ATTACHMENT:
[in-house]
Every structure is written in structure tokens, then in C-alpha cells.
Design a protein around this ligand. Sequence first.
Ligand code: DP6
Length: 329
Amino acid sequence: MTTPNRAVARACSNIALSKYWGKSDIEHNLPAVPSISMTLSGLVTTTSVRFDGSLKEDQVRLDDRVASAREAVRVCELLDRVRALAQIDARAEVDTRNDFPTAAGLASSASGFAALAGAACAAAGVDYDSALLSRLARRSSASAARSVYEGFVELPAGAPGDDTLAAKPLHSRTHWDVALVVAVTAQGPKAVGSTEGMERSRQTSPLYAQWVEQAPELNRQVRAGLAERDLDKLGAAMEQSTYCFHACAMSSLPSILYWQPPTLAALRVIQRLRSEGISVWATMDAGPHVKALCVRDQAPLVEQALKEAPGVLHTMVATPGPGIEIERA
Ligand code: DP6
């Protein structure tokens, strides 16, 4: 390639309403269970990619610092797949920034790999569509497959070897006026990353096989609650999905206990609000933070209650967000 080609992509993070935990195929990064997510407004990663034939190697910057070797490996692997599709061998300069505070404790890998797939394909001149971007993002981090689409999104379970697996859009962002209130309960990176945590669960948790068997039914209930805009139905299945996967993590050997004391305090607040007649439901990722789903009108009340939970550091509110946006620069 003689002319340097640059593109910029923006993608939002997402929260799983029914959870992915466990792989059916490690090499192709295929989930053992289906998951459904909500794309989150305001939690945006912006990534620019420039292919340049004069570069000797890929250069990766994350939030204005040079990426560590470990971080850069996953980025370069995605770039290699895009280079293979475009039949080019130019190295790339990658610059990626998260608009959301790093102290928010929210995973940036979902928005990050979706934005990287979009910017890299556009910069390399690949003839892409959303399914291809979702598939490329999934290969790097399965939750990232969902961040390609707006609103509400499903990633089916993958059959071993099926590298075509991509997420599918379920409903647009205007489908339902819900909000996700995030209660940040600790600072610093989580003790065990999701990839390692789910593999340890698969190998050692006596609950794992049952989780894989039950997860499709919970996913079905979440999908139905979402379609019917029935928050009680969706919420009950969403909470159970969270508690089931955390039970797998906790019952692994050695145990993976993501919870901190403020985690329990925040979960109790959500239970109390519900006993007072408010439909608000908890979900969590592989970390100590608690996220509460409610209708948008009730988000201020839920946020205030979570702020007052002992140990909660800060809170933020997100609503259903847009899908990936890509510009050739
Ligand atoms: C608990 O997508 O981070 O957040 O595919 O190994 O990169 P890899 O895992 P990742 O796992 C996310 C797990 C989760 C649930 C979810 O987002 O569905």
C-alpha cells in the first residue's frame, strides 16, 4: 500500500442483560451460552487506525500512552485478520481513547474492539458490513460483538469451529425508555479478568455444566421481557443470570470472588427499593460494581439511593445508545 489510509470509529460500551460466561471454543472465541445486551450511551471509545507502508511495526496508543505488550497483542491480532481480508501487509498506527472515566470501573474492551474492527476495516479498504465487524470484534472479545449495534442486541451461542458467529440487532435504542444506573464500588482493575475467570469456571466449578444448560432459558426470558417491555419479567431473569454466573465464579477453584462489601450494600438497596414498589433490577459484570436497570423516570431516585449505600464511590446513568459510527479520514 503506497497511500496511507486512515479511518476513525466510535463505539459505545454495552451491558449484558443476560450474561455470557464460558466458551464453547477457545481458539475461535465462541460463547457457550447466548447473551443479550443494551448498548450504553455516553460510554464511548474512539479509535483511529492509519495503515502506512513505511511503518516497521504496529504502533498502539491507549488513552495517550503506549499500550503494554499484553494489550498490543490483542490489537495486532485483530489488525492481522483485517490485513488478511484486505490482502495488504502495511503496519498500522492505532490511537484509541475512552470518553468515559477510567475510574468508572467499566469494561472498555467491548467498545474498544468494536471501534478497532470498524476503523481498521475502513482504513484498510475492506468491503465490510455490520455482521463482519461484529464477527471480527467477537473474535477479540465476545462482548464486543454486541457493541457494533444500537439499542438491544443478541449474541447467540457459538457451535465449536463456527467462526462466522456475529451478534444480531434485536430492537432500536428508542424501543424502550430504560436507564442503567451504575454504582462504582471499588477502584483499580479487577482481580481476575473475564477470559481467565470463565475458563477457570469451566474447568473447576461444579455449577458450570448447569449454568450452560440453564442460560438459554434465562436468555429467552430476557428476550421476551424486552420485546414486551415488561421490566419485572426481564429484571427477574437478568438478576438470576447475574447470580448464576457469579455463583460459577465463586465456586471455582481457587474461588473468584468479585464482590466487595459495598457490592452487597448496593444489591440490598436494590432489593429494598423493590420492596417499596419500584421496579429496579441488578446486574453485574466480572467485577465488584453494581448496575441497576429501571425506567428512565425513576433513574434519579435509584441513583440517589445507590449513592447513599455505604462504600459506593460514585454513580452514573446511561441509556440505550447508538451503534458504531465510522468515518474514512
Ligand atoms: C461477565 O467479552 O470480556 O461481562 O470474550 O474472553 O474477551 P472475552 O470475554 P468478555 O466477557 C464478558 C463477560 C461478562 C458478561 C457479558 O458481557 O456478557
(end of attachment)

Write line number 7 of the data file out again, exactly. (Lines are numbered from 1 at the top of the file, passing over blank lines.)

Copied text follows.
Ligand code: DP6